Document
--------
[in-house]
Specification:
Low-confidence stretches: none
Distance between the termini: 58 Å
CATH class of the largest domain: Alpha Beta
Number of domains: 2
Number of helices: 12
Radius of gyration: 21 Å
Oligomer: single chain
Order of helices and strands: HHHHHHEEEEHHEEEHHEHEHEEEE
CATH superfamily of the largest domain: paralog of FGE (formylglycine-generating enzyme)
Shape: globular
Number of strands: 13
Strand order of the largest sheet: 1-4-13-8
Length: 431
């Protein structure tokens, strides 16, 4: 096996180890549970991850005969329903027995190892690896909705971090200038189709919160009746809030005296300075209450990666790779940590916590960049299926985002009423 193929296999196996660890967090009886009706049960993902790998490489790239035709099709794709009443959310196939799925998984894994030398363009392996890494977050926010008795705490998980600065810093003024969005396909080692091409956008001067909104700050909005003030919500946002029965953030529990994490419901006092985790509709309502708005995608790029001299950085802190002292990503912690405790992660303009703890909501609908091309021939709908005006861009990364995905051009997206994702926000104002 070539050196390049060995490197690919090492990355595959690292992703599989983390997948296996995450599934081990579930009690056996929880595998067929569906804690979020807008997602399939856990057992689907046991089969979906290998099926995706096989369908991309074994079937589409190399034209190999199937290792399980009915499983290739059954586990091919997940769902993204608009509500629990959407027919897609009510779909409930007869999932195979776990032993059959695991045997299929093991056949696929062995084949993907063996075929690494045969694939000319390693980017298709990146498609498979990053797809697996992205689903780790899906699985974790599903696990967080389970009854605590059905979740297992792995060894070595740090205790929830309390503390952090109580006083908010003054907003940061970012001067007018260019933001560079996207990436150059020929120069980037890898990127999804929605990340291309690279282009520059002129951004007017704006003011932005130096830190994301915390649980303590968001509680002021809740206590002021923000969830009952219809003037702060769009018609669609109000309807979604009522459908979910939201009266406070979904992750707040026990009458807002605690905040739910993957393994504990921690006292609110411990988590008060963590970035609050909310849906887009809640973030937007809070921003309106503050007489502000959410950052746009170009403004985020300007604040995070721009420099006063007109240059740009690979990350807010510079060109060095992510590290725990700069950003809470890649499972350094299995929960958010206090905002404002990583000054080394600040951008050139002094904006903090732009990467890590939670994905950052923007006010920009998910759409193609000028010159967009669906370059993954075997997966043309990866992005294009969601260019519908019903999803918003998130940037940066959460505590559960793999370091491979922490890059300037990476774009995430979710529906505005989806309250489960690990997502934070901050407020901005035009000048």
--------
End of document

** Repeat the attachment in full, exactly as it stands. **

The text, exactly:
[in-house]
Specification:
Low-confidence stretches: none
Distance between the termini: 58 Å
CATH class of the largest domain: Alpha Beta
Number of domains: 2
Number of helices: 12
Radius of gyration: 21 Å
Oligomer: single chain
Order of helices and strands: HHHHHHEEEEHHEEEHHEHEHEEEE
CATH superfamily of the largest domain: paralog of FGE (formylglycine-generating enzyme)
Shape: globular
Number of strands: 13
Strand order of the largest sheet: 1-4-13-8
Length: 431
């Protein structure tokens, strides 16, 4: 096996180890549970991850005969329903027995190892690896909705971090200038189709919160009746809030005296300075209450990666790779940590916590960049299926985002009423 193929296999196996660890967090009886009706049960993902790998490489790239035709099709794709009443959310196939799925998984894994030398363009392996890494977050926010008795705490998980600065810093003024969005396909080692091409956008001067909104700050909005003030919500946002029965953030529990994490419901006092985790509709309502708005995608790029001299950085802190002292990503912690405790992660303009703890909501609908091309021939709908005006861009990364995905051009997206994702926000104002 070539050196390049060995490197690919090492990355595959690292992703599989983390997948296996995450599934081990579930009690056996929880595998067929569906804690979020807008997602399939856990057992689907046991089969979906290998099926995706096989369908991309074994079937589409190399034209190999199937290792399980009915499983290739059954586990091919997940769902993204608009509500629990959407027919897609009510779909409930007869999932195979776990032993059959695991045997299929093991056949696929062995084949993907063996075929690494045969694939000319390693980017298709990146498609498979990053797809697996992205689903780790899906699985974790599903696990967080389970009854605590059905979740297992792995060894070595740090205790929830309390503390952090109580006083908010003054907003940061970012001067007018260019933001560079996207990436150059020929120069980037890898990127999804929605990340291309690279282009520059002129951004007017704006003011932005130096830190994301915390649980303590968001509680002021809740206590002021923000969830009952219809003037702060769009018609669609109000309807979604009522459908979910939201009266406070979904992750707040026990009458807002605690905040739910993957393994504990921690006292609110411990988590008060963590970035609050909310849906887009809640973030937007809070921003309106503050007489502000959410950052746009170009403004985020300007604040995070721009420099006063007109240059740009690979990350807010510079060109060095992510590290725990700069950003809470890649499972350094299995929960958010206090905002404002990583000054080394600040951008050139002094904006903090732009990467890590939670994905950052923007006010920009998910759409193609000028010159967009669906370059993954075997997966043309990866992005294009969601260019519908019903999803918003998130940037940066959460505590559960793999370091491979922490890059300037990476774009995430979710529906505005989806309250489960690990997502934070901050407020901005035009000048």